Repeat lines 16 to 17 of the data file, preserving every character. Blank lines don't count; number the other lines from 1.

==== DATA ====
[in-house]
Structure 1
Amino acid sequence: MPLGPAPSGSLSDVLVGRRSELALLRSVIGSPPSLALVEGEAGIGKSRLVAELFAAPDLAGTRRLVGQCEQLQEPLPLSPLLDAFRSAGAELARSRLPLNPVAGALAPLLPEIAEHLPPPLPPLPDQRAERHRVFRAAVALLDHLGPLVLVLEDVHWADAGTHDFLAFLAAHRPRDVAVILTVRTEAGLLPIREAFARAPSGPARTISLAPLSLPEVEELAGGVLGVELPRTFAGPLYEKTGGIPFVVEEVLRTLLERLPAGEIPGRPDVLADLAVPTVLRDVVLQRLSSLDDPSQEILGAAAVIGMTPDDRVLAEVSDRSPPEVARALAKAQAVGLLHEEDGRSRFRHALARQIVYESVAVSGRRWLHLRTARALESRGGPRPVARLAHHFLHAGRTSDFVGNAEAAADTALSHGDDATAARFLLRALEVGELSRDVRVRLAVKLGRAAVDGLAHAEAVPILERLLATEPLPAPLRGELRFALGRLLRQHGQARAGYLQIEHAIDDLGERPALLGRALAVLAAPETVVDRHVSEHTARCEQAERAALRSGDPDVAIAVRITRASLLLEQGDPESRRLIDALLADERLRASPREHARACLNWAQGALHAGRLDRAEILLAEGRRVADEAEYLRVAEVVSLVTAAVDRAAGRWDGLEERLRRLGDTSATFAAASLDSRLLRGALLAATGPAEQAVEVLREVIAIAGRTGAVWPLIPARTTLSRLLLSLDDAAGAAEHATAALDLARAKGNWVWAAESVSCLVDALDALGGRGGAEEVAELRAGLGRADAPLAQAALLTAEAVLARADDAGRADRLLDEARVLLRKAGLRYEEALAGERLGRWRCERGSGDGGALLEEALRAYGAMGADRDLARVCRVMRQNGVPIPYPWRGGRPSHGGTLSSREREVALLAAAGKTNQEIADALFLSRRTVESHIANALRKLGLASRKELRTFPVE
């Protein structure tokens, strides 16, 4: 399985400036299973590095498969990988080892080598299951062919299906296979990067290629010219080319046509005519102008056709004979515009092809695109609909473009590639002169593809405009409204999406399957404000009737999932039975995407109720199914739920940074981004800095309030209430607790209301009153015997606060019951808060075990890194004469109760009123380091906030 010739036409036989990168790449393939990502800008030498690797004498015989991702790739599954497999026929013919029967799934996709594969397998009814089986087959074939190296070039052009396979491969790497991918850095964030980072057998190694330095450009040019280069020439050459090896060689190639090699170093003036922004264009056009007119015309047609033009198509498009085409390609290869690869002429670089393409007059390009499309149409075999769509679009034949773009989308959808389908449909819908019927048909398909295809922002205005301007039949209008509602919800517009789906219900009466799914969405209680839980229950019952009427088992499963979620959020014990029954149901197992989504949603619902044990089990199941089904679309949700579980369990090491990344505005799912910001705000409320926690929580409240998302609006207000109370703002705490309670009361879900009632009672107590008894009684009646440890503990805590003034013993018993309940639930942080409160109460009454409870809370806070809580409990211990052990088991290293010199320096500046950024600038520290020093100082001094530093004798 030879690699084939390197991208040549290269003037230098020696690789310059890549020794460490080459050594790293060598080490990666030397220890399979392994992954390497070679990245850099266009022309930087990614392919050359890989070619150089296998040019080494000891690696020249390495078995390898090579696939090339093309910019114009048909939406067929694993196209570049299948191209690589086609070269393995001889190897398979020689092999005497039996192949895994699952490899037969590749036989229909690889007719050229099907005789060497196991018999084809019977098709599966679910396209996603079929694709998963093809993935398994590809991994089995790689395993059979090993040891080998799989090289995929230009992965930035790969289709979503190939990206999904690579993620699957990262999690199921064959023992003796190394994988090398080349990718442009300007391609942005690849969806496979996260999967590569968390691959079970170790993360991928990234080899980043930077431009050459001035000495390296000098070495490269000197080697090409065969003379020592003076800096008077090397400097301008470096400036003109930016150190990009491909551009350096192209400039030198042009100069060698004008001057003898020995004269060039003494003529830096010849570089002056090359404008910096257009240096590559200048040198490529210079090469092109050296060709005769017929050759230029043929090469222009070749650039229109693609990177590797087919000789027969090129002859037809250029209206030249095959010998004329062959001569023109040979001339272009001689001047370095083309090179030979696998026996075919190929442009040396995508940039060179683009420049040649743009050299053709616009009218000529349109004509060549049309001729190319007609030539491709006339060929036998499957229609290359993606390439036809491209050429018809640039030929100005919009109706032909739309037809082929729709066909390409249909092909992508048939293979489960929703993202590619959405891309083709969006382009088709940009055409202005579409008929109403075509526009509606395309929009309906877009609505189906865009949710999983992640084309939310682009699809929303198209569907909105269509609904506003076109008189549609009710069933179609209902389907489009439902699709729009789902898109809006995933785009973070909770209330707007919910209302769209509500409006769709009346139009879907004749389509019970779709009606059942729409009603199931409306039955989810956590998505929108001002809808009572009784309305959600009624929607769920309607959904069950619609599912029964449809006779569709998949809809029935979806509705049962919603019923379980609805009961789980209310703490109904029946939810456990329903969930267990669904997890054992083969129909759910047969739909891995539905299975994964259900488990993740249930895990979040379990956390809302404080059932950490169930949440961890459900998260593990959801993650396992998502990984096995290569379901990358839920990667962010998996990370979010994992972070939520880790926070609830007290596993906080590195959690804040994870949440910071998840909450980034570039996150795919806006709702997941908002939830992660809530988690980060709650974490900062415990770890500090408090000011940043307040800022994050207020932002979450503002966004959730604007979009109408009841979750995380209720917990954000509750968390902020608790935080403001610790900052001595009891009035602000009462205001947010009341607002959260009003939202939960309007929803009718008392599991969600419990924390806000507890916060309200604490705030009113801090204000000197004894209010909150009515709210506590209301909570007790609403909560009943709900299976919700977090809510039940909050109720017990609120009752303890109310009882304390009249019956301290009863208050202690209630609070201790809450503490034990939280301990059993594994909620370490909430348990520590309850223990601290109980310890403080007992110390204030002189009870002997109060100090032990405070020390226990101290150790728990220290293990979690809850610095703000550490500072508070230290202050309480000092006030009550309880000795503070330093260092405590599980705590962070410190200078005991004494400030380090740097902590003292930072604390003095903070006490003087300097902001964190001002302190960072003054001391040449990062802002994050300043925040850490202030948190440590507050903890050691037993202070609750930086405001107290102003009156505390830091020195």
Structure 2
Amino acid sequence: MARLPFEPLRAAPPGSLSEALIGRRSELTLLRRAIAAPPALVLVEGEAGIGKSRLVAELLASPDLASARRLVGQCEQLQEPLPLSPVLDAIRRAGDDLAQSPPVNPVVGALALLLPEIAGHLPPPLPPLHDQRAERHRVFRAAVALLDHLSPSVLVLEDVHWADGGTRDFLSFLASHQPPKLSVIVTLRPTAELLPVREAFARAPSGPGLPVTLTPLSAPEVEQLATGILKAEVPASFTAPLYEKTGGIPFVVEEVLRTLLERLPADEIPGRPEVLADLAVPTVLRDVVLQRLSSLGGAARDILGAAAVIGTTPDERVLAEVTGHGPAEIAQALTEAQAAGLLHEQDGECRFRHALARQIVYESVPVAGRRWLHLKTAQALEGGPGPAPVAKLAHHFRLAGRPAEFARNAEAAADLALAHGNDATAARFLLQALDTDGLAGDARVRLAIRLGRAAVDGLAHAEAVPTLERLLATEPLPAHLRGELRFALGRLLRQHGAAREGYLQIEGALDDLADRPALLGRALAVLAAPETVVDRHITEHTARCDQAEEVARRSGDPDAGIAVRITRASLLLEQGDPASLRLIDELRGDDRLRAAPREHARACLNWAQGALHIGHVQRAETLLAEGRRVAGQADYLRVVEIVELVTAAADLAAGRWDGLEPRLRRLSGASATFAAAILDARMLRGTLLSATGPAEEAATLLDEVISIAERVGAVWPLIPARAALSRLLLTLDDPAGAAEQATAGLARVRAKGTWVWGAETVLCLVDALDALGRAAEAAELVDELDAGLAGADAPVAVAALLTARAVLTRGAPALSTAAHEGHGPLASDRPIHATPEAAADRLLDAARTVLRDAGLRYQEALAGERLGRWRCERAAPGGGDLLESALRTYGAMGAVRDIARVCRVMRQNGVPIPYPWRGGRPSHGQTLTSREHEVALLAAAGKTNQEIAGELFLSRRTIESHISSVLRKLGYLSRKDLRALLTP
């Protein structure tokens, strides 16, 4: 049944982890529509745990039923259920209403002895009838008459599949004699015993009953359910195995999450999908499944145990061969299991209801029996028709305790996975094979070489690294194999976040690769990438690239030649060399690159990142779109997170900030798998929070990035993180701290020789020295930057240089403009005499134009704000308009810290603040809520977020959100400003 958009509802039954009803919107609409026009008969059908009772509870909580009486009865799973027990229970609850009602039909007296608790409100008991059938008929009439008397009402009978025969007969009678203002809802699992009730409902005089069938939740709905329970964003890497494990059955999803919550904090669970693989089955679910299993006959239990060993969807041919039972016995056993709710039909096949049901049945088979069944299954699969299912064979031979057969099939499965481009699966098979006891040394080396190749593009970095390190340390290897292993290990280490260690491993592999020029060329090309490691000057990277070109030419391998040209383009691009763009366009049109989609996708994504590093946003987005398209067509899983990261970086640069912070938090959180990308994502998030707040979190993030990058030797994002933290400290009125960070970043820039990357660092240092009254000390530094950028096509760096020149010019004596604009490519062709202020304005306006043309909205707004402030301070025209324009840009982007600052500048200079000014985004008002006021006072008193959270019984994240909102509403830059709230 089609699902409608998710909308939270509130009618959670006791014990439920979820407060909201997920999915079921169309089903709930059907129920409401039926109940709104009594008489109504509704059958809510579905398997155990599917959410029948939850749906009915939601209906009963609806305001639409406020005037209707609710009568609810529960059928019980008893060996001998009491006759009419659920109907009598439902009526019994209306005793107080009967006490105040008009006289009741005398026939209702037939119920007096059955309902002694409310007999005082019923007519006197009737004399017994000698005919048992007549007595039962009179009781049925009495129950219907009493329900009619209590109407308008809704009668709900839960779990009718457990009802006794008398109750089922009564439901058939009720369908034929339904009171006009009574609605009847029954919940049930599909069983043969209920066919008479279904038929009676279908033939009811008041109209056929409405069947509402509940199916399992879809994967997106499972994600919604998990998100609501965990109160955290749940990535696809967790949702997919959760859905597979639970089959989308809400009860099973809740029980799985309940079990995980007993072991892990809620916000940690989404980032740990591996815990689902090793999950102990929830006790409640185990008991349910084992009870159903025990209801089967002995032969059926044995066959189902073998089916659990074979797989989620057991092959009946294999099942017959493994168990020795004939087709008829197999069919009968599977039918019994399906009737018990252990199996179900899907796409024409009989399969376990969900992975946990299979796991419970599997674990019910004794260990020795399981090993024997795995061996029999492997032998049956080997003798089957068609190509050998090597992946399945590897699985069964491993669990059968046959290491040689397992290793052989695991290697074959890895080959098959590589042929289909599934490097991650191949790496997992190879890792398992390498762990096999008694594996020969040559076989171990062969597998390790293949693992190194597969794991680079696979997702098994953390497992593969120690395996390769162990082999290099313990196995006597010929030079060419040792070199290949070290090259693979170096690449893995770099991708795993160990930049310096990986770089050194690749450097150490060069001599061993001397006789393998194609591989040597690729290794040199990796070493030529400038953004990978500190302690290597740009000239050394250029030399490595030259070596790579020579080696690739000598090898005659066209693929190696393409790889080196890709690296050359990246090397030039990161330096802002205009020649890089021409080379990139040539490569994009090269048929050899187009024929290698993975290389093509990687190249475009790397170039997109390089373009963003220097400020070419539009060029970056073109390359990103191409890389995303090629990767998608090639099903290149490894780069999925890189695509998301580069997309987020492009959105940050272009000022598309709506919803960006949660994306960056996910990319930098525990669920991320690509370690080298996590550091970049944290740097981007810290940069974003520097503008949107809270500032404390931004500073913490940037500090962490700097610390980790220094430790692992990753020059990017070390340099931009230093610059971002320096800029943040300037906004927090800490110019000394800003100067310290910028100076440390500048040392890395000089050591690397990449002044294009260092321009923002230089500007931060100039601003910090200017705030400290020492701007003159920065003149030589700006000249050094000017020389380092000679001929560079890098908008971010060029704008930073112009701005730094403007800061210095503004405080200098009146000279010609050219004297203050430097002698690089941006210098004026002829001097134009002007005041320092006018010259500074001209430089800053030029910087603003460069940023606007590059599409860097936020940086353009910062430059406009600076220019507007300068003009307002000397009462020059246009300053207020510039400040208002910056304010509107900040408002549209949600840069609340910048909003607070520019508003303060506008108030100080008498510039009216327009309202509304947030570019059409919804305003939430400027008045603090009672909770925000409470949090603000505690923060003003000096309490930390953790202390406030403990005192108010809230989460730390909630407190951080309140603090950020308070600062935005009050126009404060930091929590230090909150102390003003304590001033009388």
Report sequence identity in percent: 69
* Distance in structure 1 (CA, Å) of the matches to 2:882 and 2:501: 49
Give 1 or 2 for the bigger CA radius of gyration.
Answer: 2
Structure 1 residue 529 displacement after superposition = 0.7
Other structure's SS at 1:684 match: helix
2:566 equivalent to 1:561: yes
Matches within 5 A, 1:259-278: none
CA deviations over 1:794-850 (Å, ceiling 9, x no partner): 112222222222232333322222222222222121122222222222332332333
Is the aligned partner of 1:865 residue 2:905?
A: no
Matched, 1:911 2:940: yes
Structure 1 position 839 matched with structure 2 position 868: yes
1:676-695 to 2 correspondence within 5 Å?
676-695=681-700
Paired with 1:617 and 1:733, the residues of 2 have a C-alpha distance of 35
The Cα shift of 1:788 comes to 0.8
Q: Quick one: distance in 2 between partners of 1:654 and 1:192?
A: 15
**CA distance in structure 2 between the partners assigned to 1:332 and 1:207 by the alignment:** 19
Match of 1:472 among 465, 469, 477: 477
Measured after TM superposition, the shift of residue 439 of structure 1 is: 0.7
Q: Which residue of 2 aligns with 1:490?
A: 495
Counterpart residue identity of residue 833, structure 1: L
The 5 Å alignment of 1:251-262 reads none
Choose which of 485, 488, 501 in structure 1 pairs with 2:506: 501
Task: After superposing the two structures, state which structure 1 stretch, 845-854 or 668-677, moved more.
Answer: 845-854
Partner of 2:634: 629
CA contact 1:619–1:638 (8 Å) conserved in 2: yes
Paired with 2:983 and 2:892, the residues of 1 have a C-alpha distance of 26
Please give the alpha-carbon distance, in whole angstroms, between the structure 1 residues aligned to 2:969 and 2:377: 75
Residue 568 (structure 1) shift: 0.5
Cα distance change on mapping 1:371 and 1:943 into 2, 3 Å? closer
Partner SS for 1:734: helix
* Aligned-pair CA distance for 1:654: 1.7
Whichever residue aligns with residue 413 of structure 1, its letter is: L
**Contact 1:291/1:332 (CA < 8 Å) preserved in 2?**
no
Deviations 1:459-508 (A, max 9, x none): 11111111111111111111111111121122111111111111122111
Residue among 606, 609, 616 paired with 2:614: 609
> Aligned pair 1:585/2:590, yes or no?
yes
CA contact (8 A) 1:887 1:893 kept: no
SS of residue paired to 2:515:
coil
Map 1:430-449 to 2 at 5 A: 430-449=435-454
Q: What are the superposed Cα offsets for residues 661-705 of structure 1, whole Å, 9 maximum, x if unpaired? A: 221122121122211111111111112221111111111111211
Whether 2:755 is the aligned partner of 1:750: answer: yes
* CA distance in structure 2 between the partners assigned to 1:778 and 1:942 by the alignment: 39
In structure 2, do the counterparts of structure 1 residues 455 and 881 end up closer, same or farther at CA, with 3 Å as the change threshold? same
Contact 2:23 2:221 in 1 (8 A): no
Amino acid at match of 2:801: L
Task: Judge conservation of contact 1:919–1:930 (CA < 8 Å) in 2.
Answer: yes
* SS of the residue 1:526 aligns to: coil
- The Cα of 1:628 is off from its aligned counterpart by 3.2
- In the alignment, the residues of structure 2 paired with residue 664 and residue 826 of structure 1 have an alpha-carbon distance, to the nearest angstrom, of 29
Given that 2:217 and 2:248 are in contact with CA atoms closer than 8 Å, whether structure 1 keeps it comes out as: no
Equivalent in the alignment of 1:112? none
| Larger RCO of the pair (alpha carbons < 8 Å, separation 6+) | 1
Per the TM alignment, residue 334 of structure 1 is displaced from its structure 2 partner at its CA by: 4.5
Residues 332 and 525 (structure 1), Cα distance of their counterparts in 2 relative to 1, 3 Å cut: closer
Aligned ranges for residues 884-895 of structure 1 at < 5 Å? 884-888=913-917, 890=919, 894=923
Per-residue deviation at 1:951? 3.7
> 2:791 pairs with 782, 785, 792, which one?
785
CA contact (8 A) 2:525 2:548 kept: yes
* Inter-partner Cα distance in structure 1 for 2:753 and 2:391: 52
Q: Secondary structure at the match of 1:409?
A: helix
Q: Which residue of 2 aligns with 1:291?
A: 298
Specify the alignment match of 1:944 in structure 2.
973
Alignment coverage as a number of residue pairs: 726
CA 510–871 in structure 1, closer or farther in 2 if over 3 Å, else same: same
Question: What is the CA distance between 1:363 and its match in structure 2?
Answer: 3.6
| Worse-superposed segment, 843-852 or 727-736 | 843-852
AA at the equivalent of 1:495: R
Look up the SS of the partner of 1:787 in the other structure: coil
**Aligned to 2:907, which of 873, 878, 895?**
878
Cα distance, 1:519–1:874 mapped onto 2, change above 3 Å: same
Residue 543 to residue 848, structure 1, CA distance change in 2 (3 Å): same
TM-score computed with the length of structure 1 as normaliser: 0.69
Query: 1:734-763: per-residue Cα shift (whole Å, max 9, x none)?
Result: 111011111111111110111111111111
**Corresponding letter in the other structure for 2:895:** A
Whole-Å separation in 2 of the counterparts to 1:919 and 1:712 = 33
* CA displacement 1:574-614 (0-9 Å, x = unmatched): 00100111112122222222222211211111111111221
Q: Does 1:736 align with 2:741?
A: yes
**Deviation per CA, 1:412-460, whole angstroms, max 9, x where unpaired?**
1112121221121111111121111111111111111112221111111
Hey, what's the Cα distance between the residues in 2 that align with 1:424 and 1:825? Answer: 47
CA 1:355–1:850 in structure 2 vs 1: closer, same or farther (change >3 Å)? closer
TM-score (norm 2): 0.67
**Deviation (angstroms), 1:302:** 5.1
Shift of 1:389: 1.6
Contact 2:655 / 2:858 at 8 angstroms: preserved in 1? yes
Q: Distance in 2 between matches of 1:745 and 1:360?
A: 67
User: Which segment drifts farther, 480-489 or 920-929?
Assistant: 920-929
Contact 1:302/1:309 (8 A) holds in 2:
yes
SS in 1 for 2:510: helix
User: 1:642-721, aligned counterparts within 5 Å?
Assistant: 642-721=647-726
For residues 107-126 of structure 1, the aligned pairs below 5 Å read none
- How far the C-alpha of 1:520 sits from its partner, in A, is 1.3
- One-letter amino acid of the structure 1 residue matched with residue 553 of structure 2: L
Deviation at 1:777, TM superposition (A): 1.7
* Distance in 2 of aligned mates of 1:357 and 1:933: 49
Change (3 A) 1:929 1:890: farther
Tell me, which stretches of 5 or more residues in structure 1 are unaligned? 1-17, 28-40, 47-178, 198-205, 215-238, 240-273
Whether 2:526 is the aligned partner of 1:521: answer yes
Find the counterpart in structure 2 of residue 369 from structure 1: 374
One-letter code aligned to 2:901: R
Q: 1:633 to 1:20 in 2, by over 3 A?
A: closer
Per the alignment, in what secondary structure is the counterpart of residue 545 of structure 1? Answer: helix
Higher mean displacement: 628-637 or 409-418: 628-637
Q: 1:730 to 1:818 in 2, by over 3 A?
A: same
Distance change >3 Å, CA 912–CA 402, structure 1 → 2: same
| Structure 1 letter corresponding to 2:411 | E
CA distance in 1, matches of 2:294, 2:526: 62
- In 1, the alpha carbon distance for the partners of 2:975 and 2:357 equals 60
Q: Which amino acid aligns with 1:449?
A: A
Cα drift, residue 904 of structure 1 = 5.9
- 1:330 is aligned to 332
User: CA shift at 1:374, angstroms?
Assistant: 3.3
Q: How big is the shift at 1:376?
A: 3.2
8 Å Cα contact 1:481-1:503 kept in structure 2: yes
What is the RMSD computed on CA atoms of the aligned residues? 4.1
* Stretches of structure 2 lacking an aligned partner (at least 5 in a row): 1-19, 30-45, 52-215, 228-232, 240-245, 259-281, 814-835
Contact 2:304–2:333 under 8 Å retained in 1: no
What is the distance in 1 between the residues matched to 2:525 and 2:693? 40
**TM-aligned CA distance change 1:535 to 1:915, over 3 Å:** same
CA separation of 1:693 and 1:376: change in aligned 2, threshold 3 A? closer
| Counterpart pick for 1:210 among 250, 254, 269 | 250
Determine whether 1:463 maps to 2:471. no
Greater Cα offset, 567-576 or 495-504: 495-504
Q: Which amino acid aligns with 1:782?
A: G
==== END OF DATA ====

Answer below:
CA deviations over 1:794-850 (Å, ceiling 9, x no partner): 112222222222232333322222222222222121122222222222332332333
Is the aligned partner of 1:865 residue 2:905?